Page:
This shows the covered cord which has been trimmed to 1/4", the width of my seam allowances on my wall hanging. I used a 1/4" guide that is used for marking seam allowances on quilt pieces for hand quilting. With piping this thick, a regular rotary cutter ruler would have to smash the piping and it would be awkward, wobbly, and probably not very accurate. This little guide, designed to be used as a guide for a marking pencil, snugs right up to the cording and works great with a rotary cutter.

Now I have the piping sewn to the the wall hanging. Use your zipper foot for this type of sewing so that you can stitch close to the piping. It's hard to see, but the cream thread is the first seam where I just sewed the cording into the fabric strips. After sewing the cording into the strips, I moved my needle over a smidgen to sew the piping to my wall hanging. The dark brown seam is the final attaching seam. The cream seam is no longer visible on the right side and it's nice and snug along the piping.

And finally, the right side of the wall hanging, showing the finished piping edge. It makes a nice, bold, clean, neat edge and I like the way that it turned out. Even though I cut my fabric on the straight edge, I was able to wrap it around my rounded corners without any trouble. Be sure to check your corners, your piping, and your fabric flexibility before you decide whether to cut your fabric strips on the bias or straight edge. You don't want to find out later that your piping will not flex enough at the corners.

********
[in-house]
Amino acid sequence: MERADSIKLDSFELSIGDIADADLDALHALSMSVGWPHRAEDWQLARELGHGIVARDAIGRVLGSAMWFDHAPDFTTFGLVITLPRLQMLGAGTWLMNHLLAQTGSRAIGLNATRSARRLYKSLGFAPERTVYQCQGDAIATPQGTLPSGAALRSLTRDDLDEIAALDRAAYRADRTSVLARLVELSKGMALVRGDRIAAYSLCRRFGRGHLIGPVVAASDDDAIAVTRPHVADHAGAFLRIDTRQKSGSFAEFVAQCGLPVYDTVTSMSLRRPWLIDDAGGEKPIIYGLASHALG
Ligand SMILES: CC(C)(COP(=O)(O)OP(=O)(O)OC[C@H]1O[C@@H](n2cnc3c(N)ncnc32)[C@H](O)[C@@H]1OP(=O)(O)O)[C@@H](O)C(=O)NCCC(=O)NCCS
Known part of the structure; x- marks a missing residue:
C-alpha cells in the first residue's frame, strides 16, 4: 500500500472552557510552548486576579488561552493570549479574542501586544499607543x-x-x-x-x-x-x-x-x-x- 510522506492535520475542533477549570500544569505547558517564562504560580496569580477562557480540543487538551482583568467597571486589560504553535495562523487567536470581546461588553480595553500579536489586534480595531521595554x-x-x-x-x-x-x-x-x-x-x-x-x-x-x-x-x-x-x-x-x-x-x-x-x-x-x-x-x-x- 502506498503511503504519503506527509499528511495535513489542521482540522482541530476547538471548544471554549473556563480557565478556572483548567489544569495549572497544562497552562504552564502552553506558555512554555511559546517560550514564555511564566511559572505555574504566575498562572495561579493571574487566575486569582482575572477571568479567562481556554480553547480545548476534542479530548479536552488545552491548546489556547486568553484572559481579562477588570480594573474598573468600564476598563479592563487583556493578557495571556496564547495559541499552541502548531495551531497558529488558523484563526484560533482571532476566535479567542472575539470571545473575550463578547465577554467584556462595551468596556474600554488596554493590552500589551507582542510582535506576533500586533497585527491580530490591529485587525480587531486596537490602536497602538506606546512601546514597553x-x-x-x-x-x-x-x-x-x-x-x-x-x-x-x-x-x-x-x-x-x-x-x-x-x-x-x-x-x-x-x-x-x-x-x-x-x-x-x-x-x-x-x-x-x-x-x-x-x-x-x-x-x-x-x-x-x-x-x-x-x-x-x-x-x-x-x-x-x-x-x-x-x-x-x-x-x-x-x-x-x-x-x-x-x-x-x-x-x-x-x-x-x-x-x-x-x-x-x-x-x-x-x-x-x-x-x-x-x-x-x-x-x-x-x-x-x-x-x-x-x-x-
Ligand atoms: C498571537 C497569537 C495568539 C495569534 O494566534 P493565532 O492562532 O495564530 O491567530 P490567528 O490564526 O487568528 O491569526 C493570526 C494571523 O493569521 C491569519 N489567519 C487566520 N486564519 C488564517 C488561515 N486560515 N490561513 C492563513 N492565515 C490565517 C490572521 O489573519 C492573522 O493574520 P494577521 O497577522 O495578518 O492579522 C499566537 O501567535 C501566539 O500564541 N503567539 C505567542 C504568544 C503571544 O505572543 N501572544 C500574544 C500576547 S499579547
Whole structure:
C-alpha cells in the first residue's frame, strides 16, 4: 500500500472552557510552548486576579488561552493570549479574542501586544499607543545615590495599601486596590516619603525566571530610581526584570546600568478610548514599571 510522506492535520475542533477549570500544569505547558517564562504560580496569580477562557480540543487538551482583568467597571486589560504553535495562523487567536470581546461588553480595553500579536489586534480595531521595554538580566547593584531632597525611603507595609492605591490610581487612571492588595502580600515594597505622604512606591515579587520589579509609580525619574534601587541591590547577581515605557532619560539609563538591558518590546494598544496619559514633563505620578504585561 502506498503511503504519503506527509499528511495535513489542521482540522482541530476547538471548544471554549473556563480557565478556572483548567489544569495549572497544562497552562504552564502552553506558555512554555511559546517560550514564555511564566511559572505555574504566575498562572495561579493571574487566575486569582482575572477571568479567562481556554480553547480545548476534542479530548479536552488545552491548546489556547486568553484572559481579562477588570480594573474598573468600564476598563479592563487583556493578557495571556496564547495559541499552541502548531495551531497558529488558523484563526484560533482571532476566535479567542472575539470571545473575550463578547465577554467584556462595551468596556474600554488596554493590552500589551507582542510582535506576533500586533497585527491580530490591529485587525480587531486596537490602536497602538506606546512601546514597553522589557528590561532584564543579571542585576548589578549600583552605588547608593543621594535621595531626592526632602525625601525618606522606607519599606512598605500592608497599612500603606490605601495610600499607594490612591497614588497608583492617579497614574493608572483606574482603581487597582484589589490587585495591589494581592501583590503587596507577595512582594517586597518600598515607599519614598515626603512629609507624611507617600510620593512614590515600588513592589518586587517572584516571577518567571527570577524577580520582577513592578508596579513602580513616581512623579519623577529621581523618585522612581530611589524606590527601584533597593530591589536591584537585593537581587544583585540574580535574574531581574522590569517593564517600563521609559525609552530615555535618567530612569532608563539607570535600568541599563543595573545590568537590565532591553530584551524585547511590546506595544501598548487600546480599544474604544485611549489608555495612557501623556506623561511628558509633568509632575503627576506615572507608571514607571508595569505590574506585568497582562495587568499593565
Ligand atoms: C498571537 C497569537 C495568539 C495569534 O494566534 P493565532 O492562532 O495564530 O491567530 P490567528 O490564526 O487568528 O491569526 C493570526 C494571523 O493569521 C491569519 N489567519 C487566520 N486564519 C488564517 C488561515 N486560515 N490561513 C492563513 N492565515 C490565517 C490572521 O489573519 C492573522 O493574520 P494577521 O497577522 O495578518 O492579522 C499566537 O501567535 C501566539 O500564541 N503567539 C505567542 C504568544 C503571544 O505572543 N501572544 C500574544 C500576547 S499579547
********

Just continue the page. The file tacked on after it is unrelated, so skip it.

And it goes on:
Have fun customizing your projects, from quilts to pillows, and anything in between!

Saturday, March 7, 2009

It's been a long time since I've posted.....sorry about that. My energy levels are so sporadic and I only have so many hours in any given week (or weeks) that allow me to craft. I do try and make the best of those precious hours!

This is the center block of my wall hanging. I'm only showing the back side so that you can see all of the pieces in one block. This is a 7" block and I believe there are 52 pieces. With paper piecing, this is simply not a problem. Accuracy is easy if you just take your time, follow the numbers on the paper, and sew a straight seam. Take your time and be patient.....take your time and be patient.........take your time and be patient...........

This is a pile of the completed blocks. Surrounding the center 7" block will be a row of 3" blocks, along with various borders. I sewed all of the blocks and borders together last night and now need to make my piping for the edge. I decided not to use regular binding, but finish it off with piping. Piping gives it a neat, finished edge that is especially nice for wall hangings. Of course, all this is subject to change pending how things turn out!

And then comes the dreaded quilting! I'm not very good at quilting by machine and this wall hanging would be extremely difficult to hand quilt, due to all of the seam allowances and bulk. One step (stitch) at a time, I guess, machine or hand.
To be continued.........